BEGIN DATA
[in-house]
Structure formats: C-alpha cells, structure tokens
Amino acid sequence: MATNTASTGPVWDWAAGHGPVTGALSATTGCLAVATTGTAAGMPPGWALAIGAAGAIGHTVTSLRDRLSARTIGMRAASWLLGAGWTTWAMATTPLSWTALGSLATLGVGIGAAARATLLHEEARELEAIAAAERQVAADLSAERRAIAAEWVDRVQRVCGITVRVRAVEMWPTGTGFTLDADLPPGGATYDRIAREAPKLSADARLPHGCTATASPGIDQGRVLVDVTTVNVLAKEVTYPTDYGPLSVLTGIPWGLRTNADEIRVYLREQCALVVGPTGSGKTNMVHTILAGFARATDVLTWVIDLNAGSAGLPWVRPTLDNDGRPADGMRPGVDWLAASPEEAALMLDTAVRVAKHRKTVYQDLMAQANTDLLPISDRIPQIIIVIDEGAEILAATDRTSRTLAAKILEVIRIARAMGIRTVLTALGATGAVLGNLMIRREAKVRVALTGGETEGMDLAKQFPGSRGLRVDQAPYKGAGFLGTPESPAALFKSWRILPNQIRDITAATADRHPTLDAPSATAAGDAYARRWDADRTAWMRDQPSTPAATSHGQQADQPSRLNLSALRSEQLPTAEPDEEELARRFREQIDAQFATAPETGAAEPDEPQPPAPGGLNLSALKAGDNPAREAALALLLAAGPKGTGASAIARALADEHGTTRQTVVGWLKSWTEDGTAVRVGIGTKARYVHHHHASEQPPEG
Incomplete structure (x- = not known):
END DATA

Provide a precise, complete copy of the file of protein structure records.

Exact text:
[in-house]
Structure formats: C-alpha cells, structure tokens
Amino acid sequence: MATNTASTGPVWDWAAGHGPVTGALSATTGCLAVATTGTAAGMPPGWALAIGAAGAIGHTVTSLRDRLSARTIGMRAASWLLGAGWTTWAMATTPLSWTALGSLATLGVGIGAAARATLLHEEARELEAIAAAERQVAADLSAERRAIAAEWVDRVQRVCGITVRVRAVEMWPTGTGFTLDADLPPGGATYDRIAREAPKLSADARLPHGCTATASPGIDQGRVLVDVTTVNVLAKEVTYPTDYGPLSVLTGIPWGLRTNADEIRVYLREQCALVVGPTGSGKTNMVHTILAGFARATDVLTWVIDLNAGSAGLPWVRPTLDNDGRPADGMRPGVDWLAASPEEAALMLDTAVRVAKHRKTVYQDLMAQANTDLLPISDRIPQIIIVIDEGAEILAATDRTSRTLAAKILEVIRIARAMGIRTVLTALGATGAVLGNLMIRREAKVRVALTGGETEGMDLAKQFPGSRGLRVDQAPYKGAGFLGTPESPAALFKSWRILPNQIRDITAATADRHPTLDAPSATAAGDAYARRWDADRTAWMRDQPSTPAATSHGQQADQPSRLNLSALRSEQLPTAEPDEEELARRFREQIDAQFATAPETGAAEPDEPQPPAPGGLNLSALKAGDNPAREAALALLLAAGPKGTGASAIARALADEHGTTRQTVVGWLKSWTEDGTAVRVGIGTKARYVHHHHASEQPPEG
Incomplete structure (x- = not known):